Premorbid risk factors influencing labour market attachment after mild traumatic brain injury: a national register study with long-term follow-up

Published on Apr 1, 2019in BMJ27.60
· DOI :10.1136/bmjopen-2018-027297
Heidi Jeannet Graff2
Estimated H-index: 2
Volkert Siersma30
Estimated H-index: 30
(UCPH: University of Copenhagen)
+ 4 AuthorsHana Malá Rytter1
Estimated H-index: 1
Objectives Some patients with mild traumatic brain injury (mTBI) experience persistent postconcussive symptoms, influencing the ability to work. This study assessed associations between mTBI and labour market attachment (up to 5 years postinjury) in patients with different premorbid characteristics. Design and setting Danish national cohort study with 5-year register follow-up. Participants We included hospital admitted patients between 18 and 60 years diagnosed with mTBI (International Classification of Diseases, version 10 diagnosis S06.0) (n=19 732). For each patient, one control was selected matched on age, gender and municipality (n=18 640). Primary outcome measure Primary outcome was ‘not attending ordinary work’, and premorbid risk factors were cohabitation status, education, ethnicity, gender, age and comorbidities. Results The odds of not attending ordinary work increased from 6 months to 5 years. The highest increased odds (approximately twice as high for patients) of not attending ordinary work at 5 years were found in the highest educational group (OR 2.15, 95% CI 1.78 to 2.59), for patients of non-Danish origin (OR 1.98, 95% CI 1.52 to 2.57), for patients between 30 and 39 years (OR 1.93, 95% CI 1.68 to 1.23) and for patients with somatic comorbidities (OR 1.81, 95% CI 1.38 to 2.37). Contrary to expectations, we did not find higher odds in patients with psychiatric diagnoses (OR 1.12, 95% CI 0.76 to 1.60). Conclusions Important premorbid characteristics for lower labour market participation after mTBI were higher education, non-Danish origin, age 30–39 years and having somatic comorbidities. Demographic and health-related variables should be considered when assessing patients with mTBI at risk of long-term sickness absence. Trial registration number NCT03214432; Results.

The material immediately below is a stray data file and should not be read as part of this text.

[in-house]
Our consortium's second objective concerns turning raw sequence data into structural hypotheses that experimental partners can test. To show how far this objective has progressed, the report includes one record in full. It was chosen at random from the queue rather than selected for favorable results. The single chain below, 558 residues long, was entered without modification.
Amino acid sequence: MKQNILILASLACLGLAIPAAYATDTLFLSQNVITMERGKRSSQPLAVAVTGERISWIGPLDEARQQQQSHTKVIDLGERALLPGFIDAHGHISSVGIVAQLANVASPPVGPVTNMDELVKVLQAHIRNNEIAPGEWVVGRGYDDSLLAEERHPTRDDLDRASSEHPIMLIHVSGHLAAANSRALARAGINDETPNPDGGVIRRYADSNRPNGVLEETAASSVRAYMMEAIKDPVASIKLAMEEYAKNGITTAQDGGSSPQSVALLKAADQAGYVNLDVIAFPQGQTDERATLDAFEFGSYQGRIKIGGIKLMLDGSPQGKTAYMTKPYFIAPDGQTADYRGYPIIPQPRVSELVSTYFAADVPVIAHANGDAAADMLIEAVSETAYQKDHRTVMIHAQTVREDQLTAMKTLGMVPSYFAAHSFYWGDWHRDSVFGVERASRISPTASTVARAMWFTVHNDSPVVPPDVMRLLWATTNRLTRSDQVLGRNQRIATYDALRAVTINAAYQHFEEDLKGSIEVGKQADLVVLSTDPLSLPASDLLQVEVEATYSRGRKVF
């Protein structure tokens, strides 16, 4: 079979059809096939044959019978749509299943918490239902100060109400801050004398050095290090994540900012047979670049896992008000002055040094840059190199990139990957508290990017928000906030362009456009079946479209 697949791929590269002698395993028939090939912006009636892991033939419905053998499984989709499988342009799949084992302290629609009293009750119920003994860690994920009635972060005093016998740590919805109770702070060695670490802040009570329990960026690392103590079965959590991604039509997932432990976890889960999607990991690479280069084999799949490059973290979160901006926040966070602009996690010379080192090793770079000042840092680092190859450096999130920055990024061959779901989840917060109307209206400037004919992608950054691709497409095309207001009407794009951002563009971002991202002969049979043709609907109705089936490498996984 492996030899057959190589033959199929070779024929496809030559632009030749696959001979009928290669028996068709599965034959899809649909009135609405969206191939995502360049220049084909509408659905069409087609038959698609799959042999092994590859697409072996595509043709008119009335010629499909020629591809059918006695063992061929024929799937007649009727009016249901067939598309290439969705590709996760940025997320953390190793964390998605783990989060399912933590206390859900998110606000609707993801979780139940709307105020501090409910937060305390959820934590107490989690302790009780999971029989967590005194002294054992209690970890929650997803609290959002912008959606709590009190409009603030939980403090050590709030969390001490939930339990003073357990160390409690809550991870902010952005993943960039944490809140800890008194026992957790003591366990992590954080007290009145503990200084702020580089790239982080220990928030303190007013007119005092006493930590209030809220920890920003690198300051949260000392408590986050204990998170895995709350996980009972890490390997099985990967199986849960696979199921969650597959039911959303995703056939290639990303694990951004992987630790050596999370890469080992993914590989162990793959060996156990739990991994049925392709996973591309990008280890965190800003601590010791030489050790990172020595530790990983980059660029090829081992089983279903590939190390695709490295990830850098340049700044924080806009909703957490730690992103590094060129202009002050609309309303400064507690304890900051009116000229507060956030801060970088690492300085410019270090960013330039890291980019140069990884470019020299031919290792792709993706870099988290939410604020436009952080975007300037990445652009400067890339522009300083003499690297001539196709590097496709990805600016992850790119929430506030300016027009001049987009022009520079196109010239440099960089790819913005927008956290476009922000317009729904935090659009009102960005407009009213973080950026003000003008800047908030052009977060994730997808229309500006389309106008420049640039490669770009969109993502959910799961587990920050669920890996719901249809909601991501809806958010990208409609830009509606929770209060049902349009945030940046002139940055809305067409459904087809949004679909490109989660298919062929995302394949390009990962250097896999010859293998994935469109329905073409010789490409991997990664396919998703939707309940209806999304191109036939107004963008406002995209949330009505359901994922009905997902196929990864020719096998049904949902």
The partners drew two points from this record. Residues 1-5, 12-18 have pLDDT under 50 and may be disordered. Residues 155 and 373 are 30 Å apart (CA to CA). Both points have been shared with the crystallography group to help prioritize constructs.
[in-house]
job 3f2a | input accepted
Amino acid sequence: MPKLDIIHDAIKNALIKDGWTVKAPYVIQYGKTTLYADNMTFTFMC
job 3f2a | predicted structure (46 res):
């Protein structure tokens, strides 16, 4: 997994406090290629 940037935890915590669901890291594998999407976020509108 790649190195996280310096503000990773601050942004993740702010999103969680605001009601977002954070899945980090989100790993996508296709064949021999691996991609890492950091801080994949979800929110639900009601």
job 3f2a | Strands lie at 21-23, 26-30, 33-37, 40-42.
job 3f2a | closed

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#1Alice Theadom (AUT: Auckland University of Technology)H-Index: 25
#2Suzanne Barker-Collo (University of Auckland)H-Index: 48
Last.Natalie HardakerH-Index: 6
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#1Joukje van der Naalt (UMCG: University Medical Center Groningen)H-Index: 21
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#2William J. Panenka (UBC: University of British Columbia)H-Index: 13
Last.Grant L. Iverson (Harvard University)H-Index: 67
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View next paperLabour market attachment after mild traumatic brain injury: nationwide cohort study with 5-year register follow-up in Denmark.